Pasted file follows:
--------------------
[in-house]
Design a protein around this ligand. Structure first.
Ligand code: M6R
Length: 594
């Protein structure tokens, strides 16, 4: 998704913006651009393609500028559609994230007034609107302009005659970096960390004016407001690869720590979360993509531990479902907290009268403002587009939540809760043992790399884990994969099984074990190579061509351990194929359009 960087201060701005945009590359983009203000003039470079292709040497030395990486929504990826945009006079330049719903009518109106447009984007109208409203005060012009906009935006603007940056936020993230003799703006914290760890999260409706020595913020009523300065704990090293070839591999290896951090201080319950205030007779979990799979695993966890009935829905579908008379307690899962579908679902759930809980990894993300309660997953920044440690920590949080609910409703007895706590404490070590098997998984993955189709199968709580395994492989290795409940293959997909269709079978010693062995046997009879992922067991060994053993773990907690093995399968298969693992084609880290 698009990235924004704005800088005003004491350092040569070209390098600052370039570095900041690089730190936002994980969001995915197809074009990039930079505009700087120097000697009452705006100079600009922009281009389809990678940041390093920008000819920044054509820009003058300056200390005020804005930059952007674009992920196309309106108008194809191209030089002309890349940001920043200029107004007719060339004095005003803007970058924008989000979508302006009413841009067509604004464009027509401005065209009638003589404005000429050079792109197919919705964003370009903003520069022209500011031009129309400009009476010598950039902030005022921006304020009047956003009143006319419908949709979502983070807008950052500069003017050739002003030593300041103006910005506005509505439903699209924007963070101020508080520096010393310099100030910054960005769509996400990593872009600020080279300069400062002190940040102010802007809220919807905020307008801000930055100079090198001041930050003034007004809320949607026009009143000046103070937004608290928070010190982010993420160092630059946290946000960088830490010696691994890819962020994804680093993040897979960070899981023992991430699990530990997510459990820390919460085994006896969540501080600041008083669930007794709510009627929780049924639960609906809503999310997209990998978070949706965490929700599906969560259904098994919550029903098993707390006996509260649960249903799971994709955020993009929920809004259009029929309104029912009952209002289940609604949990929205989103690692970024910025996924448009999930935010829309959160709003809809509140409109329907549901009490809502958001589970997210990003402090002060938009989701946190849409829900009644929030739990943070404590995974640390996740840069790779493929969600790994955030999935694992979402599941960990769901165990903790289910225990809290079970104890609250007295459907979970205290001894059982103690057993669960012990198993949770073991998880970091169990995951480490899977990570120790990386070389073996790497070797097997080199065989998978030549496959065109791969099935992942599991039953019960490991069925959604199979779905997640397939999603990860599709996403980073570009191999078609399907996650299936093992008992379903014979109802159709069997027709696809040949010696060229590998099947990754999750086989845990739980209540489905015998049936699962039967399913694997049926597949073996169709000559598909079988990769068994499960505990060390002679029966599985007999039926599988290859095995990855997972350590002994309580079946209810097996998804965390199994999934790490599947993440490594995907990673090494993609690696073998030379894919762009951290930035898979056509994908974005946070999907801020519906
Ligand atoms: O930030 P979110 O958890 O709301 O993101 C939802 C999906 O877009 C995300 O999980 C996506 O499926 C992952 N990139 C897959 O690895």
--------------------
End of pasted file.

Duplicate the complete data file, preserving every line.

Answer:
[in-house]
Design a protein around this ligand. Structure first.
Ligand code: M6R
Length: 594
């Protein structure tokens, strides 16, 4: 998704913006651009393609500028559609994230007034609107302009005659970096960390004016407001690869720590979360993509531990479902907290009268403002587009939540809760043992790399884990994969099984074990190579061509351990194929359009 960087201060701005945009590359983009203000003039470079292709040497030395990486929504990826945009006079330049719903009518109106447009984007109208409203005060012009906009935006603007940056936020993230003799703006914290760890999260409706020595913020009523300065704990090293070839591999290896951090201080319950205030007779979990799979695993966890009935829905579908008379307690899962579908679902759930809980990894993300309660997953920044440690920590949080609910409703007895706590404490070590098997998984993955189709199968709580395994492989290795409940293959997909269709079978010693062995046997009879992922067991060994053993773990907690093995399968298969693992084609880290 698009990235924004704005800088005003004491350092040569070209390098600052370039570095900041690089730190936002994980969001995915197809074009990039930079505009700087120097000697009452705006100079600009922009281009389809990678940041390093920008000819920044054509820009003058300056200390005020804005930059952007674009992920196309309106108008194809191209030089002309890349940001920043200029107004007719060339004095005003803007970058924008989000979508302006009413841009067509604004464009027509401005065209009638003589404005000429050079792109197919919705964003370009903003520069022209500011031009129309400009009476010598950039902030005022921006304020009047956003009143006319419908949709979502983070807008950052500069003017050739002003030593300041103006910005506005509505439903699209924007963070101020508080520096010393310099100030910054960005769509996400990593872009600020080279300069400062002190940040102010802007809220919807905020307008801000930055100079090198001041930050003034007004809320949607026009009143000046103070937004608290928070010190982010993420160092630059946290946000960088830490010696691994890819962020994804680093993040897979960070899981023992991430699990530990997510459990820390919460085994006896969540501080600041008083669930007794709510009627929780049924639960609906809503999310997209990998978070949706965490929700599906969560259904098994919550029903098993707390006996509260649960249903799971994709955020993009929920809004259009029929309104029912009952209002289940609604949990929205989103690692970024910025996924448009999930935010829309959160709003809809509140409109329907549901009490809502958001589970997210990003402090002060938009989701946190849409829900009644929030739990943070404590995974640390996740840069790779493929969600790994955030999935694992979402599941960990769901165990903790289910225990809290079970104890609250007295459907979970205290001894059982103690057993669960012990198993949770073991998880970091169990995951480490899977990570120790990386070389073996790497070797097997080199065989998978030549496959065109791969099935992942599991039953019960490991069925959604199979779905997640397939999603990860599709996403980073570009191999078609399907996650299936093992008992379903014979109802159709069997027709696809040949010696060229590998099947990754999750086989845990739980209540489905015998049936699962039967399913694997049926597949073996169709000559598909079988990769068994499960505990060390002679029966599985007999039926599988290859095995990855997972350590002994309580079946209810097996998804965390199994999934790490599947993440490594995907990673090494993609690696073998030379894919762009951290930035898979056509994908974005946070999907801020519906
Ligand atoms: O930030 P979110 O958890 O709301 O993101 C939802 C999906 O877009 C995300 O999980 C996506 O499926 C992952 N990139 C897959 O690895």